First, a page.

The Letters of Horace Walpole, Earl of Orford — Volume 4 eBook

This eBook from the Gutenberg Project consists of approximately 897 pages of information about The Letters of Horace Walpole, Earl of Orford Volume 4.
And who have been the perpetrators of, or advocates for, such universal devastation?  Philosophers, geometricians, astronomers—­a Condorcet, a Bailly, a Bishop of Autun, and a Doctor Priestley, and the last the worst.  The French had seen grievances, crying grievances! yet not under the good late King.  But what calamities or dangers threatened or had fallen on Priestley, but want of papal power, like his predecessor Calvin?  If you say his house was burnt -but did he intend the fire should blaze on that side of the street?  Your charity may believe him innocent, but your understanding does not.  Well!  I am glad to hear he is going to America; I hope he will not bring back scalping, even to that National Assembly of which he was proud of being elected a member!  I doubt if Cartouche would have thought it an honour.  It was stuck up in Lloyd’s coffeehouse lately, that the Duke of Orleans was named “Chef de la R`epublique.”  I thought it should be “Chef de la Lie publique.”

(848) Miss More had informed Walpole, that she was occupied in writing her “Remarks” on the atheistical speech of M. Dupont, made in the National Convention; and to which the Bishop of London had recommended her to put her name.-E.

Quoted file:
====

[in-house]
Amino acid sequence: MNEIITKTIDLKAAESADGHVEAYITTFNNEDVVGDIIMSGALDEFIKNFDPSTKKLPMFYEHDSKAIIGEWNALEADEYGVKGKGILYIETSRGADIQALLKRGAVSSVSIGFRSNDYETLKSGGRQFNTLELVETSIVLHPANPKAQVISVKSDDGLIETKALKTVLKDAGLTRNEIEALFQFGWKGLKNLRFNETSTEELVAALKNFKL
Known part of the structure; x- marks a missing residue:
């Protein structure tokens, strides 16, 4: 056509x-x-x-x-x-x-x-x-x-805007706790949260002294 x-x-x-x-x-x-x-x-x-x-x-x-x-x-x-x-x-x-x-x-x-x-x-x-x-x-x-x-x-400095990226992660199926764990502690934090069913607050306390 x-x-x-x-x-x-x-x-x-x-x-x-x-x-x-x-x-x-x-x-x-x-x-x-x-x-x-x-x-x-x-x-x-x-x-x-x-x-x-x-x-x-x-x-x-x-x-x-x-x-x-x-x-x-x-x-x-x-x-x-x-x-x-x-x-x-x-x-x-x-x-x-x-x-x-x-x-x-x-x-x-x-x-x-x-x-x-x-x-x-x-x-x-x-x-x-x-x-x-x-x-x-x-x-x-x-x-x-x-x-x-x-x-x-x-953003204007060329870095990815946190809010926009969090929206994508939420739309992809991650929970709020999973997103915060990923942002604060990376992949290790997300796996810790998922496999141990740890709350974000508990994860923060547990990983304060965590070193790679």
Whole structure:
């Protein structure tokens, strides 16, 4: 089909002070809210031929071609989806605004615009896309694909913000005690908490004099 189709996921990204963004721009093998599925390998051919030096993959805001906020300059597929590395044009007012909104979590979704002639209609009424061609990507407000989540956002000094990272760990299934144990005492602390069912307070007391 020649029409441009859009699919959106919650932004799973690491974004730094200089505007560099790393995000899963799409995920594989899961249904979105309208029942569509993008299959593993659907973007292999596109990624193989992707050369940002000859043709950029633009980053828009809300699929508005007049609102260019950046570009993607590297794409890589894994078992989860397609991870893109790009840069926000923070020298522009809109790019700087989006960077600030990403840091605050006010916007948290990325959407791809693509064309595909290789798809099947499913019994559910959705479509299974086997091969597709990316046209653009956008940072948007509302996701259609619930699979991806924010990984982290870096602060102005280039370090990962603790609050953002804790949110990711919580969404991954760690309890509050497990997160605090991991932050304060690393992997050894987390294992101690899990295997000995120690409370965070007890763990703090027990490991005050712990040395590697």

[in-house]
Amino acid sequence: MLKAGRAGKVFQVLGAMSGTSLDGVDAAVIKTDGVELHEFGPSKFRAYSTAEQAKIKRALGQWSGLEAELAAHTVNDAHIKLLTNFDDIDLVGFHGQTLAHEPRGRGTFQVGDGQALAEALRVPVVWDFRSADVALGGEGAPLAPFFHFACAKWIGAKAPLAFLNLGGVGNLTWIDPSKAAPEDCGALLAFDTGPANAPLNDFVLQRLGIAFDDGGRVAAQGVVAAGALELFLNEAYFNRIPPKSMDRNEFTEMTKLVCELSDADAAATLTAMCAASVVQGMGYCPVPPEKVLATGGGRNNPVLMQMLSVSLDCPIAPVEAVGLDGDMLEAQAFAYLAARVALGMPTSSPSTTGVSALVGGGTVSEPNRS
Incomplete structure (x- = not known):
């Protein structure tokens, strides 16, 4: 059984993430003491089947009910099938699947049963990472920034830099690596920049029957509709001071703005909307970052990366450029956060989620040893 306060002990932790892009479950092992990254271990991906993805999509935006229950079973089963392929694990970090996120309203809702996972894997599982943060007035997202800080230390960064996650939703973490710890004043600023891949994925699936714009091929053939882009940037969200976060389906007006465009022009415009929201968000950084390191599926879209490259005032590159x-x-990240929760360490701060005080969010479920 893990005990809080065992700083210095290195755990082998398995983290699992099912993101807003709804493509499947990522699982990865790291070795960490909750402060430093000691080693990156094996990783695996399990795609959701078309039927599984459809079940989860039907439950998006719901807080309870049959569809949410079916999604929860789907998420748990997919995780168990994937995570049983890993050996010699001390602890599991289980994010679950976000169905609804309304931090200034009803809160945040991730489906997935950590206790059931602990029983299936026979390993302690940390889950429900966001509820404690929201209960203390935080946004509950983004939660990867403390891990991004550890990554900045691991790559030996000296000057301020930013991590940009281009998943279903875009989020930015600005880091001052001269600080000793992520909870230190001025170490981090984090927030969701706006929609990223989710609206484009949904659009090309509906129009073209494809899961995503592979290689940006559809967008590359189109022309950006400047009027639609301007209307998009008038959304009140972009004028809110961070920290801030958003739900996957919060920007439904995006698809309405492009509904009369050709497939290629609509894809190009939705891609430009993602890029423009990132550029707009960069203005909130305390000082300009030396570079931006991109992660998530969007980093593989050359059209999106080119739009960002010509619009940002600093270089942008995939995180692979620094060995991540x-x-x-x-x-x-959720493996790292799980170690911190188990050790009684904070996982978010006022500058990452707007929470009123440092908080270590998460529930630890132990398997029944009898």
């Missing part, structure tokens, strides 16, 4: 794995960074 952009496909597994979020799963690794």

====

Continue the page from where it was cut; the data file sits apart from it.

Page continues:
(849) Manuel was deeply implicated in the massacres of 1792; in consequence of which he was nominated a deputy to the National Convention.  He resigned his seat in January 1793, and retired to Montargis, where he narrowly escaped assassination.  He was afterwards seized as a suspected person.  On being brought before the revolutionary tribunal, he reminded his judges of his services, and desired it might be engraved on his tombstone, that he had occasioned the events of the 10th of August.  He was guillotined in November 1793.-E.

(850) In the following July, Condorcet was accused of being an accomplice with Brissot, and, to save his life, concealed himself in the house of Madame Verney, where he remained eight months.  Having at length learned that death was denounced against all who harboured a proscribed individual, he fled in disguise from Paris.  He wandered about for some time, until, driven by hunger, he entered a small public-house at Clamar, where he was arrested as a suspicious person, and thrown into prison.  On the following morning, March 28, 1794, he was found dead on the floor of his room, having apparently swallowed poison, which he always carried about with him.-E.

Letter 402 To The Hon. H. S. Conway.  Strawberry Hill, June 13, 1793. (page 540)

I thank you much for all your information—­some parts made me smile:  yet, if what you heard of your brother proves true, I rather think it deplorable!  How can love of money, or the still vainer of all vanities, ambition of wearing a high but most insignificant office, which even poor Lord Salisbury could execute, tempt a very old man, who loves his ease and his own way, to stoop to wait like a footman behind a chair,

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